SS: Sometimes it’s just dead-on accurate. You have to ask, “How has this not changed?” People are still feeling and thinking the same way about the arts, how they are funded, or not. It’s insane to see that parallel.
HMS: Some of these songs have a longer timeline than others, but when you were working with Marcus for these songs, were you talking about what kind of sound you wanted? Your last work was only released in 2021, but I feel like this EP does level up in terms of sound, orchestration, and Production.
SS: Hopefully I’m always levelling up in some way. It was a bit more natural, even, than the previous EP I did. I love that one, but maybe some of the things might have levelled up because of sonic quality and choices, but a lot of it was also because I used the natural demos that I did at home. That was surprising for me. There have been times when I used a demo as a song in the past, like with “Barcelona”. But when working with a broader project, with bigger instrumentation, I haven’t done that.
Before working with Marcus, I did so much of the work at home, recording more layers and doing more things. I did it with the idea that those elements would be replaced, so for a lot of these vocal deliveries, I didn’t really think twice about it. That might have helped them sound more relaxed. When it came time to talk about Production, we went through the list of things, Marcus would say, “We can keep that.” I was surprised. He’d say, “No, that bass is great. That guitar is perfect. Why chase a different version of that vocal? I’ll always choose performance over what mic you used.”
Quite a lot of stuff remained, setting the tone for Production. I had just been doing this out of my bedroom with simple layering of stuff. With the things that we didn’t use, I had at least laid it on, and that was partly due to the pandemic, because I had the time. I love arranging. I was able to do a lot of the groundwork. That was a big revelation for me. From there, Marcus also has great connection with great players, and we went after an organic feel that’s clean but kind of thrashy and a bit imperfect, which made it perfect for this. It was a cool process. He’s a phenomenal mixer, as well, so that was the cherry on top.
HMS: I can how see being too polished would actually not go as well with the theme of the album. Because the theme is all about these crazy experiences and trying to bring audiences into that feeling. The scenery kind of evokes the same feeling as the lyrics.
SS: That’s exactly it. We wanted it to feel the way the words felt. That’s so hard to do, but as you keep going with the process, it makes sense. You can have a nice soft song, with lyrics that are kind of Punky, and you find ways to echo that. It’s hard to explain how these things happen. There’s no right or wrong way to do it, but you figure it out in the choices and performances, as well as choosing takes.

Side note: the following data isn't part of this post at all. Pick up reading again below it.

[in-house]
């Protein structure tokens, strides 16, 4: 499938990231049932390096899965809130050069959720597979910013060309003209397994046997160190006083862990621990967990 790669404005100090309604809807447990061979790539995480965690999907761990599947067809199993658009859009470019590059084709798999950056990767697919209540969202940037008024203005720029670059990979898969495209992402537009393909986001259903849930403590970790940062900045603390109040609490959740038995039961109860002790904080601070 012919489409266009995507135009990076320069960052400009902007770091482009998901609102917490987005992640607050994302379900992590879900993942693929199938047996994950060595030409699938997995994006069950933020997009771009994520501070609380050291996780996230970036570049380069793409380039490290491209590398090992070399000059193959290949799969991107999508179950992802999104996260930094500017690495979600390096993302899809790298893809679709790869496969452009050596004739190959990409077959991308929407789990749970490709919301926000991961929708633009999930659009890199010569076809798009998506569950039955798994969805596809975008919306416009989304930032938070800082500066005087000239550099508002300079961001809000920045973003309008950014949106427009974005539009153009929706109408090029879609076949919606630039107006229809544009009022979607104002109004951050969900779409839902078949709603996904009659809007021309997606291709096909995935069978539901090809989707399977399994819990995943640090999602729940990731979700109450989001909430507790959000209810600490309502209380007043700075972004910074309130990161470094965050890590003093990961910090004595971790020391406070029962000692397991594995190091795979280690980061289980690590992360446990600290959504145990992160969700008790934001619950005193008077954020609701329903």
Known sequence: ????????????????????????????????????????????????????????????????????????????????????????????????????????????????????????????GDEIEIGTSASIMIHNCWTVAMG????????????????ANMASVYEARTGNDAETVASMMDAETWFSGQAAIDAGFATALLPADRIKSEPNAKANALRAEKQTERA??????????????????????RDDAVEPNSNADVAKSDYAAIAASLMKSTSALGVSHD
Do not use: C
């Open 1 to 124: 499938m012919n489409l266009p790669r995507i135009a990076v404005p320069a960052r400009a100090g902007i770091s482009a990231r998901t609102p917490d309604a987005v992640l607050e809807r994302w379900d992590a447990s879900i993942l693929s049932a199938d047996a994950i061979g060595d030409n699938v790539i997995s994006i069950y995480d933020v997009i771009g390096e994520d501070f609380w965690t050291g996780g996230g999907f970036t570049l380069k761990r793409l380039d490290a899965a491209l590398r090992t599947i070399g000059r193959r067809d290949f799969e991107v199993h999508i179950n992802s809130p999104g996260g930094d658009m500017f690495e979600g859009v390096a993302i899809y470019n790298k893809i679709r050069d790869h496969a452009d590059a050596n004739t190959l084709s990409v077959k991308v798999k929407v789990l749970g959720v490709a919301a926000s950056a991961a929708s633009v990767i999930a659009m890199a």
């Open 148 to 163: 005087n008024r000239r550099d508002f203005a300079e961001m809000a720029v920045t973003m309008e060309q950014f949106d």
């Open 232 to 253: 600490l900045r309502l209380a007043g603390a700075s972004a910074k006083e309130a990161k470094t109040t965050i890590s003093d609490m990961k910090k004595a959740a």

HMS: You’re an outspoken person, but with the song ““God, Love, Prescriptions & Politics”, I feel like you might have hit some kind of breaking point where you allowed yourself to talk about some more openly about things going on in the world. Was this a turning point?
SS: It’s actually not really because there are some other political songs that I’ve written but they have never made the cut over the years. They are more solo, stripped down, Dylan-esque kind of protest songs. With this one, it’s just more public. The other ones just didn’t fit in with the EPs I was putting out, often sonically. This one, sonically, did make sense, and the theme I was going with as I was writing allowed me to shape it to go with the second half of the album. There’s internal stuff and also external factors happening in the world. These are the things we observe.
The main thing about this song is manipulation. It’s kind of about all these avenues where people are able to talk to other people in certain ways to get them to do things. It’s also about the vulnerable state that people are in. That’s what the verses do, showcasing these different issues. Then, in turn, is shows how people are taken advantage of. That’s how I see a lot of world issues. It’s people wanting some flicker of light to hold onto. They are exploited. It’s really sad. They don’t realize how they are being sucked into it. It was nice to be able air some of those thoughts in my head that I haven’t been able to share on albums before.